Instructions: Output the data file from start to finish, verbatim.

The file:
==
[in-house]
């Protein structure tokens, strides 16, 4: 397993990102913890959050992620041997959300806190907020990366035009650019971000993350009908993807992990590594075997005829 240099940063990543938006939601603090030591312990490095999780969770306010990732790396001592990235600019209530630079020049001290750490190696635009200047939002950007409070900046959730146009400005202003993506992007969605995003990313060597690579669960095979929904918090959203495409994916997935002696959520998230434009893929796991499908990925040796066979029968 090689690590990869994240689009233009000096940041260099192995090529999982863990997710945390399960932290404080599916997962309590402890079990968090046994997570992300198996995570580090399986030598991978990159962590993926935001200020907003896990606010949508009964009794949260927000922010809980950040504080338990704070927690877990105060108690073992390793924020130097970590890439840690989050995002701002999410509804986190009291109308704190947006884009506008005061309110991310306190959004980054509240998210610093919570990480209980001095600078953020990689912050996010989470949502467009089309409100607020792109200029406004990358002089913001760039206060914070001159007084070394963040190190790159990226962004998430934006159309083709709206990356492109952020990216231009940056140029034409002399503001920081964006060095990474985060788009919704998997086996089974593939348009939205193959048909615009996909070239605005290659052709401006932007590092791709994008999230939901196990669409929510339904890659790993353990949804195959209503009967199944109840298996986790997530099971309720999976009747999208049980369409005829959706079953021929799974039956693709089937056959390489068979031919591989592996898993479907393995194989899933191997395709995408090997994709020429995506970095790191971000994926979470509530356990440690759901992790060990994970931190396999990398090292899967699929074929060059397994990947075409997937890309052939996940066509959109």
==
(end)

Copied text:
[in-house]
């Protein structure tokens, strides 16, 4: 397993990102913890959050992620041997959300806190907020990366035009650019971000993350009908993807992990590594075997005829 240099940063990543938006939601603090030591312990490095999780969770306010990732790396001592990235600019209530630079020049001290750490190696635009200047939002950007409070900046959730146009400005202003993506992007969605995003990313060597690579669960095979929904918090959203495409994916997935002696959520998230434009893929796991499908990925040796066979029968 090689690590990869994240689009233009000096940041260099192995090529999982863990997710945390399960932290404080599916997962309590402890079990968090046994997570992300198996995570580090399986030598991978990159962590993926935001200020907003896990606010949508009964009794949260927000922010809980950040504080338990704070927690877990105060108690073992390793924020130097970590890439840690989050995002701002999410509804986190009291109308704190947006884009506008005061309110991310306190959004980054509240998210610093919570990480209980001095600078953020990689912050996010989470949502467009089309409100607020792109200029406004990358002089913001760039206060914070001159007084070394963040190190790159990226962004998430934006159309083709709206990356492109952020990216231009940056140029034409002399503001920081964006060095990474985060788009919704998997086996089974593939348009939205193959048909615009996909070239605005290659052709401006932007590092791709994008999230939901196990669409929510339904890659790993353990949804195959209503009967199944109840298996986790997530099971309720999976009747999208049980369409005829959706079953021929799974039956693709089937056959390489068979031919591989592996898993479907393995194989899933191997395709995408090997994709020429995506970095790191971000994926979470509530356990440690759901992790060990994970931190396999990398090292899967699929074929060059397994990947075409997937890309052939996940066509959109």